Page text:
Why do peo­ple be­lieve con­spir­a­cies?


Part of it is down to pro­por­tion­al­ity bias. It is a ten­dency of the hu­man brain to con­vince us that big events must have a big cause. Rather than ac­cept the sim­ple ex­pla­na­tion, it’s some­how eas­ier to be­lieve an elab­o­rate con­spir­acy.

Another fac­tor is pro­jec­tion bias. We think that other peo­ple think like us, and if we’re sus­pi­cious, or be­have sus­pi­ciously, we be­lieve that oth­ers will be hid­ing the truth too.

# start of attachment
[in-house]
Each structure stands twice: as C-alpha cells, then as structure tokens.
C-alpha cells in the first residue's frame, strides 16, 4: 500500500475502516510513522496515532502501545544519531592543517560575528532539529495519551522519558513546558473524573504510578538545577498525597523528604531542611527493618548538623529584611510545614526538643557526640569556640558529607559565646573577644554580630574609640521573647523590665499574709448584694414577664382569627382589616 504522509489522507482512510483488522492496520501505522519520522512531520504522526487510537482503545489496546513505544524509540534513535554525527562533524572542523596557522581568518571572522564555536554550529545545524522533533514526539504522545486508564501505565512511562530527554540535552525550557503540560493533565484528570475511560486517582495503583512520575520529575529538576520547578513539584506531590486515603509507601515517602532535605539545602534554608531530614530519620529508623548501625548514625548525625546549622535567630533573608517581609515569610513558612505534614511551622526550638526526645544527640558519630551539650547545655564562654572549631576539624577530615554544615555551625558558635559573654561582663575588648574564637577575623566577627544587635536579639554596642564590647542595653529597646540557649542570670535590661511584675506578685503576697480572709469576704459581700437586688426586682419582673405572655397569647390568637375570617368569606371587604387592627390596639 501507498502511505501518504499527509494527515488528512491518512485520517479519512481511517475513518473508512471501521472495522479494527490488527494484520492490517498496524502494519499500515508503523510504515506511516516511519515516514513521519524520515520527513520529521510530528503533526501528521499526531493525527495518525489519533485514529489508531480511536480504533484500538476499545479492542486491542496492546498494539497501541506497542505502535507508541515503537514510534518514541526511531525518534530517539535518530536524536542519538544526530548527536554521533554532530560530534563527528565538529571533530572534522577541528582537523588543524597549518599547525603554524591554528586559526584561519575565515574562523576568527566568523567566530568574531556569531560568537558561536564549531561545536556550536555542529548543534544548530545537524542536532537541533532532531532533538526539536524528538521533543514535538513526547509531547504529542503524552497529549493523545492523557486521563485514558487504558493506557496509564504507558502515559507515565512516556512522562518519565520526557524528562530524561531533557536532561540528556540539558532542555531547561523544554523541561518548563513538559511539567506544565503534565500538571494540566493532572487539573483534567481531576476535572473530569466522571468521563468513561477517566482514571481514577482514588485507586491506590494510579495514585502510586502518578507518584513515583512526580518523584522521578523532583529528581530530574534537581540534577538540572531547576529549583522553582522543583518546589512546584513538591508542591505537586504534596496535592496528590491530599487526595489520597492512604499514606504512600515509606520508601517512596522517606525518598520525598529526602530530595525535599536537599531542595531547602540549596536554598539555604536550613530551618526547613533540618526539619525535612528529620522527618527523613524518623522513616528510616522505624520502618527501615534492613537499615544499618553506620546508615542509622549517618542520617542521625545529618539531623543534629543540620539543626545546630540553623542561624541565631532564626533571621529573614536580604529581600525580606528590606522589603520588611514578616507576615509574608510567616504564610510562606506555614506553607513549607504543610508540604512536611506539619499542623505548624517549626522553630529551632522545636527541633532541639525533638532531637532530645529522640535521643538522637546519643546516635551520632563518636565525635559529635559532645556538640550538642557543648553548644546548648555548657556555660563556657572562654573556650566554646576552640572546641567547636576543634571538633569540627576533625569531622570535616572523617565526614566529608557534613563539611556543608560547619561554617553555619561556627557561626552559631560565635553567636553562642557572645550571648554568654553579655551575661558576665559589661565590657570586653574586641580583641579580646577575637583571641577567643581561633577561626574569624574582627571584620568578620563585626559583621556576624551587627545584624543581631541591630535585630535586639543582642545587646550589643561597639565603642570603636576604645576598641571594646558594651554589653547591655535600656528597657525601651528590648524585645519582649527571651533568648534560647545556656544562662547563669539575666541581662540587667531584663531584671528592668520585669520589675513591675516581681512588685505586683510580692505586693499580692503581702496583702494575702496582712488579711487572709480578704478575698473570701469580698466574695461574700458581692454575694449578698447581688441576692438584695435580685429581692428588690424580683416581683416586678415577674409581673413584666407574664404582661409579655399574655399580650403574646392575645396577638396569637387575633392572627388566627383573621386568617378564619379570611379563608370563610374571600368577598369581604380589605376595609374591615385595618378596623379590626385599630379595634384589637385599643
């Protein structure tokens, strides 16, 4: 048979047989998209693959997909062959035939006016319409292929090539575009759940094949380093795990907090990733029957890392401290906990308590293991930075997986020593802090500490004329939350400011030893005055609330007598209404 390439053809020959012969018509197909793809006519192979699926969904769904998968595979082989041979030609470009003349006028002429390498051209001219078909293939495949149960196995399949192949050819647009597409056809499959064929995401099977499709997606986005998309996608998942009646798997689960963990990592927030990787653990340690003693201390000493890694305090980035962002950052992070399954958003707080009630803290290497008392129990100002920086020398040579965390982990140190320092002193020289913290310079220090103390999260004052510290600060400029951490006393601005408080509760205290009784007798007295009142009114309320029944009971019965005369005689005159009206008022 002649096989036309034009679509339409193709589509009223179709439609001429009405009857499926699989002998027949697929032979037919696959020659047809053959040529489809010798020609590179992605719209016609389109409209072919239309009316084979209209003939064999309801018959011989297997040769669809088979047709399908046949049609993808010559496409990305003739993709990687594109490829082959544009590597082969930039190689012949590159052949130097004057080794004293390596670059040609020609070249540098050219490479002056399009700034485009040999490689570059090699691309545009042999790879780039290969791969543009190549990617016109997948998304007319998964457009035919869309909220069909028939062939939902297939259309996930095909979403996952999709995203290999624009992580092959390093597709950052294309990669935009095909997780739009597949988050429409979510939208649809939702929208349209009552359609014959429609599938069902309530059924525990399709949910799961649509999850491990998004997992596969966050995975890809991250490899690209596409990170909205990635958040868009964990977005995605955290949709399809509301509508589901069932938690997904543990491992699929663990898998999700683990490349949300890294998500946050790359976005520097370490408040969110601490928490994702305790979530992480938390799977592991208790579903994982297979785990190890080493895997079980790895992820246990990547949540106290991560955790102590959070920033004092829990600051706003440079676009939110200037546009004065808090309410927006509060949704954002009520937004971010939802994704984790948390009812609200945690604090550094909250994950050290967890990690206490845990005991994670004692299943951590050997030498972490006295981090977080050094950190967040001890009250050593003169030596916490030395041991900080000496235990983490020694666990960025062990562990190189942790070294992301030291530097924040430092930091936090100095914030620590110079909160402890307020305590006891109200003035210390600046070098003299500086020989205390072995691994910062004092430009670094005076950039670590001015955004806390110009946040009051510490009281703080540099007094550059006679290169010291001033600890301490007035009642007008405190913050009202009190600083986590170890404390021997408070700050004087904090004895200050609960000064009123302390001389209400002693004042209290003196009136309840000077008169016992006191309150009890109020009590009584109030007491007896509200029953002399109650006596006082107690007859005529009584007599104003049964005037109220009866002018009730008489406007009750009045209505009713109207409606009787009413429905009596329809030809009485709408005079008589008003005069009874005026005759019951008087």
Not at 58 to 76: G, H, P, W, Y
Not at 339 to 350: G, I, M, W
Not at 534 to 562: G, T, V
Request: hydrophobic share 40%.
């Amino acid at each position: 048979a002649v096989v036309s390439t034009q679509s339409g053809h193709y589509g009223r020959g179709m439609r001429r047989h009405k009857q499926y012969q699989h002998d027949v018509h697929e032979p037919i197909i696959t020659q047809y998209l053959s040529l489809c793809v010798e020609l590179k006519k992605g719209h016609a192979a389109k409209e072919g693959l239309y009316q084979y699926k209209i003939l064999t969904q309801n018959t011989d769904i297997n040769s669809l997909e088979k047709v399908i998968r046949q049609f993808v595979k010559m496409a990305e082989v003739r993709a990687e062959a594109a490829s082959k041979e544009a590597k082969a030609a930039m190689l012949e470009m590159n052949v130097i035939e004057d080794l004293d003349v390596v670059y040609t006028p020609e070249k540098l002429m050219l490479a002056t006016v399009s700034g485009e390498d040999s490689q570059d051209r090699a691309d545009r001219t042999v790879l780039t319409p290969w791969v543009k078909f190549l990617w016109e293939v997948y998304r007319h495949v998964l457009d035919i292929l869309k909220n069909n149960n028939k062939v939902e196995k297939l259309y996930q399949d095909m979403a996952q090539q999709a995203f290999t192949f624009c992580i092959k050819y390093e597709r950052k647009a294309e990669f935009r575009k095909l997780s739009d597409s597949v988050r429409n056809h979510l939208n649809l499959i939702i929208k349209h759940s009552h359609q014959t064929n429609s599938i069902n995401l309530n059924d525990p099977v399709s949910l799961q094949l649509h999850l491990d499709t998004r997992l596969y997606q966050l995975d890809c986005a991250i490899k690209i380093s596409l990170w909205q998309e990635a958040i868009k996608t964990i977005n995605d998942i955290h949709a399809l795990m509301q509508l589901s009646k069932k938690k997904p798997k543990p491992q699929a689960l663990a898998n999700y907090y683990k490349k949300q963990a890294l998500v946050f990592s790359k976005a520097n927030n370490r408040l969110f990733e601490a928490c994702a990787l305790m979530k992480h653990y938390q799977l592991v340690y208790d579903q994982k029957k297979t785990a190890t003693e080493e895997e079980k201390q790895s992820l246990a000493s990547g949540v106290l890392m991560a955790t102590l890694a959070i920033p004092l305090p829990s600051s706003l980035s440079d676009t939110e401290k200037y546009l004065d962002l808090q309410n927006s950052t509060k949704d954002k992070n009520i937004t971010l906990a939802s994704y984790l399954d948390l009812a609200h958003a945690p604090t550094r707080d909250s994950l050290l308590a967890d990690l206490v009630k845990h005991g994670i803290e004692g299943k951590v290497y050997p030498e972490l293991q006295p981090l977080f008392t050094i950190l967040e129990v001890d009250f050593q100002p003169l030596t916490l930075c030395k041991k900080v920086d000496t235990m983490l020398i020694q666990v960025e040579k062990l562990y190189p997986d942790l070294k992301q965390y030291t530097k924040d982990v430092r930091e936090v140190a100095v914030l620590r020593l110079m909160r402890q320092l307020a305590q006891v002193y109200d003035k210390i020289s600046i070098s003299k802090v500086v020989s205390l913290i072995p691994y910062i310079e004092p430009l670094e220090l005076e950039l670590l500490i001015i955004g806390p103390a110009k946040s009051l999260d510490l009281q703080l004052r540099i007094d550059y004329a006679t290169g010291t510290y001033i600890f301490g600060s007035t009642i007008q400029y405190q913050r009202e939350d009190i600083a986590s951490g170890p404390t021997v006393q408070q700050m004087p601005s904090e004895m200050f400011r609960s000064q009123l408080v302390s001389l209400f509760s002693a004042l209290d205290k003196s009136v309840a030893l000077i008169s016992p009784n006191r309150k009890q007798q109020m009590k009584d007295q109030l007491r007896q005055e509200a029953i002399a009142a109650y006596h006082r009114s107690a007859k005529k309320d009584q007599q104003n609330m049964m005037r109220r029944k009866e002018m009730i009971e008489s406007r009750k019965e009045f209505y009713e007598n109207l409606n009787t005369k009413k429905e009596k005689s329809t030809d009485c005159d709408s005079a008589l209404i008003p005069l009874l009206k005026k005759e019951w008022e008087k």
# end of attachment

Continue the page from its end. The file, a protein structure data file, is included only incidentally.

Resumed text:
Then there’s con­fir­ma­tion bias. We’re much more likely to ac­cept ev­i­dence that agrees with our ex­ist­ing be­liefs than ev­i­dence that con­tra­dicts us. Once some­one gets in­vested in a con­spir­acy, they’ll be­come more and more con­vinced that it’s true.

We are more likely to ac­cept ev­i­dence if it agrees with be­liefs we al­ready have

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